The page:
Security Researcher Cyku Hong from DEVCORE found a vulnerability in WP Statistics, a WordPress plugin installed on over 600,000 sites. This vulnerability made it possible for unauthenticated attackers to execute arbitrary SQL queries by appending them to an existing SQL query. This could be used to extract sensitive information like password hashes and secret keys from the database.

WP Statistics is a WordPress plugin designed to provide a centralized hub for all of a WordPress site’s statistics, such as visitor data, and it emphasizes storing this data locally to the WordPress site to preserve user privacy. As such, it is reasonable to expect that the plugin would implement a lot of functionality to store and retrieve information from the database through the use of SQL queries. Unfortunately, the implementation of one of these queries was insecure, creating a SQL Injection vulnerability.

When the “Record Exclusions” feature was enabled, this vulnerability became exploitable. The “Record Exclusions” feature is designed to record when a visit, or a “hit”, is excluded from the site’s statistics, such as visits by users with specific roles, login page access, and anything else that a site owner may have explicitly selected to exclude. It records that data to a separate database table so as not to contaminate the main statistical data the plugin collects.

In order to record these hits when a caching plugin was enabled, the plugin registered a REST route /wp-json/wp-statistics/v2/hit that would call the hit_callback() function. This function would then call the record() function from the ‘Hits’ class which checks to see if the request should be excluded and determines what exclusion the request correlates to, prior to calling the next appropriate record() function.

public static function record()
{
 
    # Check Exclusion This Hits
    $exclusion = Exclusion::check();
 
    # Record Hits Exclusion
    if ($exclusion['exclusion_match'] === true) {
        Exclusion::record($exclusion);
    }
 
    # Record User Visits
    if (Visit::active() and $exclusion['exclusion_match'] === false) {
        Visit::record();
    }
 
    # Record Visitor Detail
    if (Visitor::active()) {
        $visitor_id = Visitor::record($exclusion);
    }

When the exclusion_match parameter is set to true in a request, the data is then passed to the record() function from the ‘Exclusion’ class where the plugin attempts to update the count of an exclusion reason for the day if it is present in the database. If the exclusion reason isn’t present in the database for the current date the initial query will return false and trigger the next query to add a new record count to the table for the reason.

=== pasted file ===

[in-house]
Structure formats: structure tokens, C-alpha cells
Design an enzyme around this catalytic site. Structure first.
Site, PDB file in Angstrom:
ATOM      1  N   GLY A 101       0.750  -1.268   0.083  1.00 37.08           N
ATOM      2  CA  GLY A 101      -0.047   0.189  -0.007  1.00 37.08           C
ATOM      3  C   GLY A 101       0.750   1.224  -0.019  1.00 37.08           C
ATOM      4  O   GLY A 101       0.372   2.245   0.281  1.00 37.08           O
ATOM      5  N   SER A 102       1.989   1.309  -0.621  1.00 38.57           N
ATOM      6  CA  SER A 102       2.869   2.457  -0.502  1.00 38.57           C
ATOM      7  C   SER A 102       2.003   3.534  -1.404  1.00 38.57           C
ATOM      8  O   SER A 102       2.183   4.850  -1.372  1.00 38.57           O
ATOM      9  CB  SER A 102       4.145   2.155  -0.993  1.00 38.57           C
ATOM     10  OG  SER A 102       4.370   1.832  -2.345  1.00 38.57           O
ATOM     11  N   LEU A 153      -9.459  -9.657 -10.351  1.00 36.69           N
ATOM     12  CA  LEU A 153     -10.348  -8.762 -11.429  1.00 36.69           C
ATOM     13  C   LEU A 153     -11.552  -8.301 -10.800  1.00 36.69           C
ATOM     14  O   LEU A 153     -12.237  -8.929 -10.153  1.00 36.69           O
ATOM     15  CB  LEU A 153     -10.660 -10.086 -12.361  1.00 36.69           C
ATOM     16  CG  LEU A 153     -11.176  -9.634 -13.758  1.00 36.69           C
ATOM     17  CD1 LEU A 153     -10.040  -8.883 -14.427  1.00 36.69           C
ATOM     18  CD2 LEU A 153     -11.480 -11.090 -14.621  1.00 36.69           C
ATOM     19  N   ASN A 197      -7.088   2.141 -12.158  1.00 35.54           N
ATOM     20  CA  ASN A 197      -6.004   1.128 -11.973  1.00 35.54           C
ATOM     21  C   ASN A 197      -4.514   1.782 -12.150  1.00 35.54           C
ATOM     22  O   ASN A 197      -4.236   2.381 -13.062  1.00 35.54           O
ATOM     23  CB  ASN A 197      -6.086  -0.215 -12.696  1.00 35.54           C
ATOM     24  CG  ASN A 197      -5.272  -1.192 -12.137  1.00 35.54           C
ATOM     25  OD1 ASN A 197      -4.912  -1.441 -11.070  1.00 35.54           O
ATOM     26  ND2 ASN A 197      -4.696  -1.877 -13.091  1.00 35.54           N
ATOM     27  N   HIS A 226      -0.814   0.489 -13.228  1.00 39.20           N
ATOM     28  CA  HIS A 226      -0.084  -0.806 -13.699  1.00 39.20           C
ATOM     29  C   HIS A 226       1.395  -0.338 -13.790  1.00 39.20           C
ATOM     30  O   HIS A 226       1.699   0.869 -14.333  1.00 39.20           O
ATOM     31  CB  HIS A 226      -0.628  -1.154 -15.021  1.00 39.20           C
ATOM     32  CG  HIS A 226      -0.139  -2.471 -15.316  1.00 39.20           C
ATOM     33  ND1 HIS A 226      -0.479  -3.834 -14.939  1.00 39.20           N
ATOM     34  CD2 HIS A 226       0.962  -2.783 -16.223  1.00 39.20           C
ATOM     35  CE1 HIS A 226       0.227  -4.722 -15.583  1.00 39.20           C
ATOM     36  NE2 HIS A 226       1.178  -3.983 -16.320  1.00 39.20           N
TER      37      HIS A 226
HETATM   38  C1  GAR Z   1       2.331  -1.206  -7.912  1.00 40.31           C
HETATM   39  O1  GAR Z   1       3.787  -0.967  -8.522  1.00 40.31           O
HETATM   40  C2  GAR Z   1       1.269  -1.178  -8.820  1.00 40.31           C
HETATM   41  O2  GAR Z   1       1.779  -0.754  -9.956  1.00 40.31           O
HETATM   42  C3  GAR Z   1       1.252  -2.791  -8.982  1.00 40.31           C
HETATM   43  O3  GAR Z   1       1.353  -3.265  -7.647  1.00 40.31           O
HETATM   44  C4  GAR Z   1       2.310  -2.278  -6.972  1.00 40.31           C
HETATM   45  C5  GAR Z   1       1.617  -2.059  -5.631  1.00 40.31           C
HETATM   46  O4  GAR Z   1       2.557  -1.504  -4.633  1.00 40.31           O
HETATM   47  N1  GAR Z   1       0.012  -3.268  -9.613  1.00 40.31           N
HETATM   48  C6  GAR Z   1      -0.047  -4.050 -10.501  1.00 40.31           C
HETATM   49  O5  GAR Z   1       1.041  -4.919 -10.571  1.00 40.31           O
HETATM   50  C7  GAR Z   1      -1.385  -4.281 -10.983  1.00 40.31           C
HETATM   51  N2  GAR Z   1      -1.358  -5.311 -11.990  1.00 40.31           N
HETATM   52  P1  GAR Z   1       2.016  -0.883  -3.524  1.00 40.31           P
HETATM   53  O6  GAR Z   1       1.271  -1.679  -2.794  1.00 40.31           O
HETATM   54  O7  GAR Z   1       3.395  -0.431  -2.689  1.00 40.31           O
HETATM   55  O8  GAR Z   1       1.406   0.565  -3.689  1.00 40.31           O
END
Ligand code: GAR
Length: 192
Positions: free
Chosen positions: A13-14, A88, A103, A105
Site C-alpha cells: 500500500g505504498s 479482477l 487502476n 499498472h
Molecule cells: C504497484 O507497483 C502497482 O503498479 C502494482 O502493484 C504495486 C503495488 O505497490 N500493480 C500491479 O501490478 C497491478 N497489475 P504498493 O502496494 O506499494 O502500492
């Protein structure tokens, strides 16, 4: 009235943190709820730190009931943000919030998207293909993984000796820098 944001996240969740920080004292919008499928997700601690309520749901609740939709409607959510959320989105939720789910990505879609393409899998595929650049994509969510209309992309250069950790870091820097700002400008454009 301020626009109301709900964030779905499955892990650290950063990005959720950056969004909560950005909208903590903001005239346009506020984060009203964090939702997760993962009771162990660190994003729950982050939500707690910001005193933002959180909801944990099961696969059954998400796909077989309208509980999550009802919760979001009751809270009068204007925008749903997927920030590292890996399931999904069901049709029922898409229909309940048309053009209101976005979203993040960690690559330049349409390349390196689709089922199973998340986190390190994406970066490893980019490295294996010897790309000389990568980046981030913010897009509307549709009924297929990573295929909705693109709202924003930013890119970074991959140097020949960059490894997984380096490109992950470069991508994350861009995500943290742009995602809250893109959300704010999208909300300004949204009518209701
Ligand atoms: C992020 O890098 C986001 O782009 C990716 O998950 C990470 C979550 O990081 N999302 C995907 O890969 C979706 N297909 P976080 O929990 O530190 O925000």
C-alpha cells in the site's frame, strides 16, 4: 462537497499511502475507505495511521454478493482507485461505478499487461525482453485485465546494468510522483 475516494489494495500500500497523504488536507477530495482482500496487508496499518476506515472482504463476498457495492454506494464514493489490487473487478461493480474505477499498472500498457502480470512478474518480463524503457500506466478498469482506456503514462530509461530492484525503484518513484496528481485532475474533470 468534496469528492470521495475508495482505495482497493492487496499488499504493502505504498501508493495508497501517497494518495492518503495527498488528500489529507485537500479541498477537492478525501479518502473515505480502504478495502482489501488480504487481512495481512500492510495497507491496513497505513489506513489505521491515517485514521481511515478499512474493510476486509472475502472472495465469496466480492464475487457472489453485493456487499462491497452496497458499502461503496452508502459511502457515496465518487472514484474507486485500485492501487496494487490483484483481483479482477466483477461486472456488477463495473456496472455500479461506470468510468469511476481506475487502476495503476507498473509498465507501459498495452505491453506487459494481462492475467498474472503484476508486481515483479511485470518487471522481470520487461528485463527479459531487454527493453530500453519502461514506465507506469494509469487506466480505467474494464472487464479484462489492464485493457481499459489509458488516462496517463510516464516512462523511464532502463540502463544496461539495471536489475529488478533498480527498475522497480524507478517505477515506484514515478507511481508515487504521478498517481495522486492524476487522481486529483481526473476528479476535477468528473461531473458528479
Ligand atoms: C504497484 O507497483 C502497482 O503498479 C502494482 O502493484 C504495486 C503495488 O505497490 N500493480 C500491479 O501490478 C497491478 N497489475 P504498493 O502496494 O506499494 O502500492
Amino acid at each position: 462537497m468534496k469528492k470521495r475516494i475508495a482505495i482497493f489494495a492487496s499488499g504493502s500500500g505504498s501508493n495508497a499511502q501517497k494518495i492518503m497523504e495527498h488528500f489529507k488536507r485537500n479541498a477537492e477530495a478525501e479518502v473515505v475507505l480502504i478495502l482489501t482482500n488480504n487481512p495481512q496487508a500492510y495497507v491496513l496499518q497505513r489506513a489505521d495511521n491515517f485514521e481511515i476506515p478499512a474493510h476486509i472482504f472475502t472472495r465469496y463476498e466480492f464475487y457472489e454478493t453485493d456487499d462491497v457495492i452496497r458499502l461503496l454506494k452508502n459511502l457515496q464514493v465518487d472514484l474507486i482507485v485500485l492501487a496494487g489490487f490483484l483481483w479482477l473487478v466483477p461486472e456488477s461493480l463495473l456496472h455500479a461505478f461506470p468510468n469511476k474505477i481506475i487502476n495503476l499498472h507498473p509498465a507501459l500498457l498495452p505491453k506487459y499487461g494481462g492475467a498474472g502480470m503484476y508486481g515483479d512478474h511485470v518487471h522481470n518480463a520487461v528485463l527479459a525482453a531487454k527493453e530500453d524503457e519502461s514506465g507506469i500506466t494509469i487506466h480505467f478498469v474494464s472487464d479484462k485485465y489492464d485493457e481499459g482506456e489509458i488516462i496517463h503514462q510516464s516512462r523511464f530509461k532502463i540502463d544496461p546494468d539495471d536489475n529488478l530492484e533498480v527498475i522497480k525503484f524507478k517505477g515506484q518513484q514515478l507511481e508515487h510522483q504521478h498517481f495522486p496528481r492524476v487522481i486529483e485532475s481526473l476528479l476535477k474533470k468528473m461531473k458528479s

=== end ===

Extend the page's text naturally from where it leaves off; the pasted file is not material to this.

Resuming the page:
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public static function record($exclusion = array())
{
    global $wpdb;
 
    // If we're not storing exclusions, just return.
    if (self::record_active() != true) {
        return;
    }
 
    // Check Exist this Exclusion in this day
    $result = $wpdb->query("UPDATE " . DB::table('exclusions') . " SET `count` = `count` + 1 WHERE `date` = '" . TimeZone::getCurrentDate('Y-m-d') . "' AND `reason` = '{$exclusion['exclusion_reason']}'");
    if (!$result) {
        $insert = $wpdb->insert(
            DB::table('exclusions'),
            array(
                'date'   => TimeZone::getCurrentDate('Y-m-d'),
                'reason' => $exclusion['exclusion_reason'],
                'count'  => 1,
            )
        );
        if (!$insert) {
            if (!empty($wpdb->last_error)) {
                \WP_Statistics::log($wpdb->last_error);
            }
        }

The $wpdb->query() function was used for the initial UPDATE query and used the user-supplied ‘exclusion_reason‘ value as part of the query. Due to the fact that there was no escaping on the user supplied value, or parameterization on the query, attackers could easily append additional SQL queries to the existing query via the ‘exclusion_reason‘ and extract sensitive information from the database.

Since no data from the SQL query was returned in the response, and the response did not indicate a boolean answer, an attacker would need to use a Time-Based blind approach to extract information from the database. This means that they would need to use SQL CASE statements along with the SLEEP() command while observing the response time of each request to steal information from the database. This is an intricate, yet frequently successful method to obtain information from a database when exploiting SQL Injection vulnerabilities.

Upon further analysis, Wordfence Team uncovered that a user could also simply pass the exclusion_match parameter equal to yes, the exclusion_reason parameter set to the SQLi payload, and the wp_statistics_hit_rest parameter set to true, along with passing the string wp-json/ in the request URI to trigger the same record() function from the ‘Exclusions’ class. This method did not require a caching plugin to be enabled to obtain a valid nonce to trigger the REST endpoint. This is due to the is_rest_request() function returning true when the $_SERVER['REQUEST_URI'] contains the REST prefix, wp-json/, even if the request isn’t a genuine REST request. This ultimately triggers the entire record process.

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We recommend that WordPress site owners immediately verify that their site has been updated to the latest patched version available, which is version 13.1.5 at the time of this publication.